8. Train or Bus is Good, Car is Cheaper
While the Hokuriku Shinkansen can get you straight from Tokyo to Kanazawa, it also costs a pretty penny (¥14,120 one way). If you have companions who can speak Japanese, or just have a good knack for navigating transfers, the regular trains and buses can work just fine—as long as you've also got some time!
If you choose the train route, you can take the Chuo Line from Shinjuku to Takao Station, and then the Chuo Main Line all the way to Matsumoto (in Nagano) for ¥4,000 (4.5 hours). Once in Matsumoto, you can even do a quick stopover at the 400-year-old Matsumoto Castle. But don't get too distracted, and be sure to get a bus to Takayama (¥3,190, less than 2.5 hours), then another bus from Takayama to Kanazawa (¥3,390, 2 hours 15 minutes). Buses to Matsumoto from Shinjuku are also very cheap (¥3,500), and at 3.5 hours, they're an even better time option than a local train (We actually went with the Super Azusa express out of Shinjuku, which is ¥6,900 and takes 2.5 hours).
The best option, however, is to rent a car, and navigate to Kanazawa freely. If split a few ways, this can be a huge money-saver!
7. Free Culture: 21st Century Museum of Contemporary Art
Yes, this chic museum in Kanazawa allows visitors to enter for free. Spend your time loitering inside and outside the building and indulging in child-like wonder as you explore the interactive exhibits. These tuba pipes, for example, are scattered around the premises of the museum. Say a word to one and it travels to an undetermined tuba somewhere else in the museum. If this ain't fun yet, try clowning around in Colour Activity House, The Swimming Pool, or the steel architecture area called Wrapping. If you want to explore the featured exhibits, you do need to pay an extra ¥1,000, but whether you decide to just explore the free area or invest more in the experience, you can easily spend half a day at this interesting stop.
6. Eat Kanazawan: Omicho Market
Apart from pricey gold-infused food, there's a lot to enjoy in the markets of Kanazawa, especially its renowned Omicho Market. You can do stall-hopping and try one specialty after another, from fresh uni (sea urchin) to nori seaweed and sashimi. You can enjoy seafood just the way you like it: fresh, grilled or steamed. There are also non-seafood specialties in the area, like coffee, rice cakes, noodles and even some kawaii (cute) souvenirs for friends. You can easily spend half a day at the market, especially if you stop by the sit-down izakaya (Japanese-style pubs) or coffee shops generally found at the many entrance points to the market.
5. Business Hotels: Cheap & Clean
While AirBnB is often the cheaper option, for places outside Tokyo, finding rooms that have good accessibility can be pretty challenging. Hotels can be pricey, but business hotels, like Hotel Crown Hills Kanzawa where we stayed, have spacious enough rooms, clean bathrooms with hot showers and heated toilet seats, television, complementary tea, kettle, and fridge. A room here typically costs less than ¥5,000 per person! Business hotels generally come complete with bath robes, sleep wear and personal effects, and most often they even offer buffet breakfasts as well as Kanazawa-specialty dinners.
4. Enjoy Nature: Kenrokuen Garden
Exploring Kenrokuen on its own can be a whole-day affair, especially if you take the time to experience an authentic tea ceremony at the Yugao-tei Teahouse. Entrance to the park is pretty cheap at ¥310, which already allows you to see the famous Karasaki-matsu and Neagari-matsu pine trees, the chrysanthemum cherry trees (kiku-zakura), the winding streams, the plum grove, the hard-to-miss Meiji Monument and more. From the park, the Ishikawa Prefectural History Museum and the Ishikawa Prefectural Museum of Art are also easily accessible to the south, while the walls of Kanazawa Castle stand to the northwest.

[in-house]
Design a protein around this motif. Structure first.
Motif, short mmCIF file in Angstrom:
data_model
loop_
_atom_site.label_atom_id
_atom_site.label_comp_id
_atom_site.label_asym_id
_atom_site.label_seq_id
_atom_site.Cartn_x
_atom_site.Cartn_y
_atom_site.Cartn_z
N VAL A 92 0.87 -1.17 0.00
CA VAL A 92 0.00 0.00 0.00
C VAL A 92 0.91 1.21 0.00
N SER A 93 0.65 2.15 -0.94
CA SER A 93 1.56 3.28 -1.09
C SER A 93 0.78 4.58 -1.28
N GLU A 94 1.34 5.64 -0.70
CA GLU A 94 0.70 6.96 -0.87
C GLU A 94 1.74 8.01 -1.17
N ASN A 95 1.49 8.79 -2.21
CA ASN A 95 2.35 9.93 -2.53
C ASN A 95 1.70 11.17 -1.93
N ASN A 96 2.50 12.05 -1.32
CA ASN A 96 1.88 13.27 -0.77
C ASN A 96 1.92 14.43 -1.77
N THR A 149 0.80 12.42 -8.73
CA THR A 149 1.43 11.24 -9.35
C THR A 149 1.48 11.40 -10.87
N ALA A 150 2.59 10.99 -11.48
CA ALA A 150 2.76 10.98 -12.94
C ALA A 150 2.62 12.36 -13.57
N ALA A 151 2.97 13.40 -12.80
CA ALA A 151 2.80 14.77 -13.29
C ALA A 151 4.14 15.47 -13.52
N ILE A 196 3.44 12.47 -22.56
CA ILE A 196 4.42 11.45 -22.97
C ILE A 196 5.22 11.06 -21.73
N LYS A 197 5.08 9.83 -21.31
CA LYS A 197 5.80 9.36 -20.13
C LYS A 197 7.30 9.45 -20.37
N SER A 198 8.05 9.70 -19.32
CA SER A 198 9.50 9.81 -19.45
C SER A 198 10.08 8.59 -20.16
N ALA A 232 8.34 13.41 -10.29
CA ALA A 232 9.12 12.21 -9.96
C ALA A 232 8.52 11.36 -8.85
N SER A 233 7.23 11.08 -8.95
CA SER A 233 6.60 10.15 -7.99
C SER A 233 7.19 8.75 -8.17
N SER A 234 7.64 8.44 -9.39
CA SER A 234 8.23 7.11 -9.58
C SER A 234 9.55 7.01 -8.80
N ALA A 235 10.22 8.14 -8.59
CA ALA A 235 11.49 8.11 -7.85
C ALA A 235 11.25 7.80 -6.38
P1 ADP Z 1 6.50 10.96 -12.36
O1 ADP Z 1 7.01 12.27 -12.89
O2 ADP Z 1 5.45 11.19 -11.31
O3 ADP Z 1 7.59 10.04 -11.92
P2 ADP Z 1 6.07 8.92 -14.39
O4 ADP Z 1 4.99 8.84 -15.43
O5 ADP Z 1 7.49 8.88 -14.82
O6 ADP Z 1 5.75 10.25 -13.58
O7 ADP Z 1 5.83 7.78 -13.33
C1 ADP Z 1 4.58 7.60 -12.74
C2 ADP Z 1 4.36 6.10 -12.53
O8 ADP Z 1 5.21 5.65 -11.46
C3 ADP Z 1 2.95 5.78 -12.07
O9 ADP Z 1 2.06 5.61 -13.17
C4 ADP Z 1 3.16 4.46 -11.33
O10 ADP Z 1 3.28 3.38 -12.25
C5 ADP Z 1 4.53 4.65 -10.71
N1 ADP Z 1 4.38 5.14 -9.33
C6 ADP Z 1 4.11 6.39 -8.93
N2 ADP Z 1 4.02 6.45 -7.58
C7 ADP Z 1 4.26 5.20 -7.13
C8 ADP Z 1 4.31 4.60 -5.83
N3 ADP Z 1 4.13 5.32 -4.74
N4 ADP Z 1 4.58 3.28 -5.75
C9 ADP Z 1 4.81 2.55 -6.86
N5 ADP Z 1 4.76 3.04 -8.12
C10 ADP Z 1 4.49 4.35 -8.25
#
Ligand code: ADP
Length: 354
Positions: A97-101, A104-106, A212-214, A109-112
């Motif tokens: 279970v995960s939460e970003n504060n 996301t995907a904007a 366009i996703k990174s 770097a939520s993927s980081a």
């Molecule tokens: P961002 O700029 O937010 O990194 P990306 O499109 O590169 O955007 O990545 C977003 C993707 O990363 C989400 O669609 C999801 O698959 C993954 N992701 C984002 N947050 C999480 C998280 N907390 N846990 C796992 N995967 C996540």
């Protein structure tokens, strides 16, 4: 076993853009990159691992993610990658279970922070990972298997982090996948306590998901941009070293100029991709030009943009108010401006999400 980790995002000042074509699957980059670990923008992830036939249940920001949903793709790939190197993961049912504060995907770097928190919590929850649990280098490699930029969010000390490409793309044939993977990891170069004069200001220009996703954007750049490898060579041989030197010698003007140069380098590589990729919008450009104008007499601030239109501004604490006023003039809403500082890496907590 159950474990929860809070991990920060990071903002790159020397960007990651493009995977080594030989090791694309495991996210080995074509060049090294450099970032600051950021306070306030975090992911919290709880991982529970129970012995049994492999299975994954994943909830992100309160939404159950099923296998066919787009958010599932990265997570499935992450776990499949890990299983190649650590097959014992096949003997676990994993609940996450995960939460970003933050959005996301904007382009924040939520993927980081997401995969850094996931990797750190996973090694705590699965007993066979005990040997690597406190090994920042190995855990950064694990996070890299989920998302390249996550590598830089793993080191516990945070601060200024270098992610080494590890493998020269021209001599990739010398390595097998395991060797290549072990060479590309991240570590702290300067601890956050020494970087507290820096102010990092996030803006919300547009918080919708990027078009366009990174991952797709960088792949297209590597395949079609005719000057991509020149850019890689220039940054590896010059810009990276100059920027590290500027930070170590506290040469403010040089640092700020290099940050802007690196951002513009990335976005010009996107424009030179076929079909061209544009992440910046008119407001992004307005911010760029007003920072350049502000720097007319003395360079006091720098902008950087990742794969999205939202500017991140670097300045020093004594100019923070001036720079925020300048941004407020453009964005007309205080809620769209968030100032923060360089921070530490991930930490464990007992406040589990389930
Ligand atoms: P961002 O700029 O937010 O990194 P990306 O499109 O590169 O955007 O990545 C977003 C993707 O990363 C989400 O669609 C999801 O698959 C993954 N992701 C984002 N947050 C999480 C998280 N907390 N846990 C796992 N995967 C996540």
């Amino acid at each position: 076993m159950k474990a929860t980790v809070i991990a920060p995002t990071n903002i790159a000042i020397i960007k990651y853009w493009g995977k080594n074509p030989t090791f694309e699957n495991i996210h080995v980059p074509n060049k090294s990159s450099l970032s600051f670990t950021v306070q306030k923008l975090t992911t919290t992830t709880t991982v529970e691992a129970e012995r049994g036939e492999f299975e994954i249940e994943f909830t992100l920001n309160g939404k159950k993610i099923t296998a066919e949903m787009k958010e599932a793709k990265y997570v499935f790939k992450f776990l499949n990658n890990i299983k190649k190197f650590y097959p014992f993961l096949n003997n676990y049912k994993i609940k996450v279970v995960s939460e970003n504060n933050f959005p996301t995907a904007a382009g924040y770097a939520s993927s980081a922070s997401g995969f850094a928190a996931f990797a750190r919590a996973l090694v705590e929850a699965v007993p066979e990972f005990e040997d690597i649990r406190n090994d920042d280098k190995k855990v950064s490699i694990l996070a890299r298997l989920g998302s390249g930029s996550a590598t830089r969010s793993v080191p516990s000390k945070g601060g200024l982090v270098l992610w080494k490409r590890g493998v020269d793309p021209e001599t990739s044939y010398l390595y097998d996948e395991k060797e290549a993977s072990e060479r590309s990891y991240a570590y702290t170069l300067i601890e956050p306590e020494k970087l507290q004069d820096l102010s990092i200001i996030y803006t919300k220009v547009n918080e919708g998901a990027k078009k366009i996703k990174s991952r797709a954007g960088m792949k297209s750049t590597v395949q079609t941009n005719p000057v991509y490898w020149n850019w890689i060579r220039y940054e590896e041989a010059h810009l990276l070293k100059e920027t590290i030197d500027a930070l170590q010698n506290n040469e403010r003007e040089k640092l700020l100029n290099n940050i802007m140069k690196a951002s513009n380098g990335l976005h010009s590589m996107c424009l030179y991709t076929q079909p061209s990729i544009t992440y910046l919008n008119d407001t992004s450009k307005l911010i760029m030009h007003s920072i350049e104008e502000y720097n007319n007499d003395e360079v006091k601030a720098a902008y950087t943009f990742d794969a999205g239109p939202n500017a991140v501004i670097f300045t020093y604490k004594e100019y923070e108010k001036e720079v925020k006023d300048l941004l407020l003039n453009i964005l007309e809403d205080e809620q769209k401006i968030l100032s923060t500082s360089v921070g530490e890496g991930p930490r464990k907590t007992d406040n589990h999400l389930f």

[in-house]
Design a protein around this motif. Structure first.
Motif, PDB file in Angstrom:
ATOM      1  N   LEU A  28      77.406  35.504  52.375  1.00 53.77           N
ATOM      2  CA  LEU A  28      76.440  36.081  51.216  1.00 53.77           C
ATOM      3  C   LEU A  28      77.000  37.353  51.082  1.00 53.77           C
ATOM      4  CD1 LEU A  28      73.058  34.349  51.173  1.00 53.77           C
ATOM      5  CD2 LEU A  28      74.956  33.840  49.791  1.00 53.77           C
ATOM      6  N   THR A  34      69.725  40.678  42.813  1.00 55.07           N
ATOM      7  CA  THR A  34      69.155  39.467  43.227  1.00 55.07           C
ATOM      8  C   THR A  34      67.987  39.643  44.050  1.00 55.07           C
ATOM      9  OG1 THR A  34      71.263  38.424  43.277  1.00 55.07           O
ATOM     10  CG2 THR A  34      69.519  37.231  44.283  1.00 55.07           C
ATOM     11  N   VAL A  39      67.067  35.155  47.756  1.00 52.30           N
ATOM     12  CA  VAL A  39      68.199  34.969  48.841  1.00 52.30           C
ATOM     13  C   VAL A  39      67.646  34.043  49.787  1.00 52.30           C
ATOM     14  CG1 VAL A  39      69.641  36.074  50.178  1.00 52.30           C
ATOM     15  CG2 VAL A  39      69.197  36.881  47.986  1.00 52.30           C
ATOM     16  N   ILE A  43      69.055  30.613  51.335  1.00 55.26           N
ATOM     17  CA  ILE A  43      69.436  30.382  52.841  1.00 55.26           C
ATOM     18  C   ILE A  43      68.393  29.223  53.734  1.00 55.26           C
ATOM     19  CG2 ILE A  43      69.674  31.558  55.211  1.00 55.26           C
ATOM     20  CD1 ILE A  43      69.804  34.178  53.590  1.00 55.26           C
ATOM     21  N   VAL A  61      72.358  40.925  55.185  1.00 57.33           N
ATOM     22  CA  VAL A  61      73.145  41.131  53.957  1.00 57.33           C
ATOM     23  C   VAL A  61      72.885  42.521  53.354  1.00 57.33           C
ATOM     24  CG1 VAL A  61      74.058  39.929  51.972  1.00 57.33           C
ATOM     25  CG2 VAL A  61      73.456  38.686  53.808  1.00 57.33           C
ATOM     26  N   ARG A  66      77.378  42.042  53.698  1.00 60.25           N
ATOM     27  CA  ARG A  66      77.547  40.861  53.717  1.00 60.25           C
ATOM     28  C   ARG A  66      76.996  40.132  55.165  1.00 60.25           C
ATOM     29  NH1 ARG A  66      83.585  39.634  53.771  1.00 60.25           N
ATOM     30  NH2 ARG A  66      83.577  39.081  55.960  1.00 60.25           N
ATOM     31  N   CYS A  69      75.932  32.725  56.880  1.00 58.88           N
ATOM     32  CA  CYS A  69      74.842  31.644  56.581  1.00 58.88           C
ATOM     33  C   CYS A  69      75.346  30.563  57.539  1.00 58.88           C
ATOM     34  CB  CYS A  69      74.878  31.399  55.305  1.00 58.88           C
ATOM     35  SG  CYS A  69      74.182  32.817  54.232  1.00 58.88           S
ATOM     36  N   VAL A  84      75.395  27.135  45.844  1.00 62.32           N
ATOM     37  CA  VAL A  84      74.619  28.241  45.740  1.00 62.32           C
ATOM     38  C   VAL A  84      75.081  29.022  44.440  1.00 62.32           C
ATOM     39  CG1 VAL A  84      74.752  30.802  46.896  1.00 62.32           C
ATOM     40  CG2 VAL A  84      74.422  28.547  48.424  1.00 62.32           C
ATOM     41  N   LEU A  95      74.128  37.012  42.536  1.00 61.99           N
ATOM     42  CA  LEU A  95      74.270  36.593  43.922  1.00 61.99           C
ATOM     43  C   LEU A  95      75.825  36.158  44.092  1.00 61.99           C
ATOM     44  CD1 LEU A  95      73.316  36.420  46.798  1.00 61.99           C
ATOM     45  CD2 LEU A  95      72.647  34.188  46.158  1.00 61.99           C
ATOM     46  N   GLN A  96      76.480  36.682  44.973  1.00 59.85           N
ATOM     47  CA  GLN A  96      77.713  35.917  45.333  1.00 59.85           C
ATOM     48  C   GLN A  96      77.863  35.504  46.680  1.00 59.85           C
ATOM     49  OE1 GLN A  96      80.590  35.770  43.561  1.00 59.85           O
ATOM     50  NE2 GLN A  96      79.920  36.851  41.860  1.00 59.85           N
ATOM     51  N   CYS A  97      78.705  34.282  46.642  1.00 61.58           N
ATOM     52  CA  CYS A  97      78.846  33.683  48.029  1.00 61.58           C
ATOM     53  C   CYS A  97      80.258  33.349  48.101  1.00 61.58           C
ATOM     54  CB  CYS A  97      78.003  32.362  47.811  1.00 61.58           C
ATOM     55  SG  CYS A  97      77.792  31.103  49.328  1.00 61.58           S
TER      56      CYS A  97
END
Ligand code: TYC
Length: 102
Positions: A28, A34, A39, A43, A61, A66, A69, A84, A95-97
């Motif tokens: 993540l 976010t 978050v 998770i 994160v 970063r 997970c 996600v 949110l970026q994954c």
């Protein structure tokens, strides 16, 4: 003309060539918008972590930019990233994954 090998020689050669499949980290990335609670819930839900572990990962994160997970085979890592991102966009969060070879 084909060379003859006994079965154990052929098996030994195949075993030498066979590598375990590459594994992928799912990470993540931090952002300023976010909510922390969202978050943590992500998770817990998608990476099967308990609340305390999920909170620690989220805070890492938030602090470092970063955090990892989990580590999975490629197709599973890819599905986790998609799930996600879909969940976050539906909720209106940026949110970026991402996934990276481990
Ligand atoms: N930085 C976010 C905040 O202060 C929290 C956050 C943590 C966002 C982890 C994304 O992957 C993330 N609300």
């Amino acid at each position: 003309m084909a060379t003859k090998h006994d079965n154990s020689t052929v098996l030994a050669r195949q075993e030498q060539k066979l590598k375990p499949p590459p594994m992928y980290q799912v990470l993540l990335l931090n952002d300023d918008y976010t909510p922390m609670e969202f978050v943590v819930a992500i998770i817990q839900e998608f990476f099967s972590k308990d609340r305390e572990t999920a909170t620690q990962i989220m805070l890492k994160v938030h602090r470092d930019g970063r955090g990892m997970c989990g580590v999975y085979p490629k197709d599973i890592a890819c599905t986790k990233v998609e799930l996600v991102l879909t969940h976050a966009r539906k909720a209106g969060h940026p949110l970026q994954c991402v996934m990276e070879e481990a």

3. Get Hands-On with Local Handicrafts
You might spot signs, like the one above, for special demonstrations of local handicrafts while at Kenrokuen. It's a great way to get a feel for local culture, so feel free to sign up and give one a try! In a city known for all things gold and glittery, maki-e, the technique of lacquering with gold powder, is naturally part of the local lacquerware tradition. You can also try working with gold leaf, check out the Kaga Yuzen technique of dyeing kimono, or make your own self-righting Kaga Hachiman okiagari doll. Check out some more options below!
2. Jiyuken: 100-Year-Old Beef Steak Bowl
Kanazawa is committed to preserving and promoting its traditional culture. Part of this culture is the food, of course, and there's nothing more authentic and historical than trying the heirloom recipes at Jiyuken Restaurant in the famous Higashi Chaya district. This restaurant, which has been standing on the same spot since 1909, is easy to find thanks to its unique facade. And while tongue stew on the menu may sound exotic, the mouthwatering bifuteki-don (beef steak bowl), hayashi rice (hashed beef rice) and omurice (omelet rice) are no-fail dishes to try.
1. Window Shop along the Higashi Chaya District
Everything in this area is eye-catching and picture-worthy, that's why you could already spend a good amount of time window-shopping and taking photos along these well-preserved streets. While it's easy to get tempted to buy something in the colorful and glittery store displays, with a little discipline you can enter and exit these fascinating streets without spending a dime. Free trials of gold-infused cosmetic products abound, and if you're lucky, you might get a free sample of gold-infused kasutera (castella cakes). If you're not into shopping, you can also find shrines in the area that are good for reflection and artistic photography.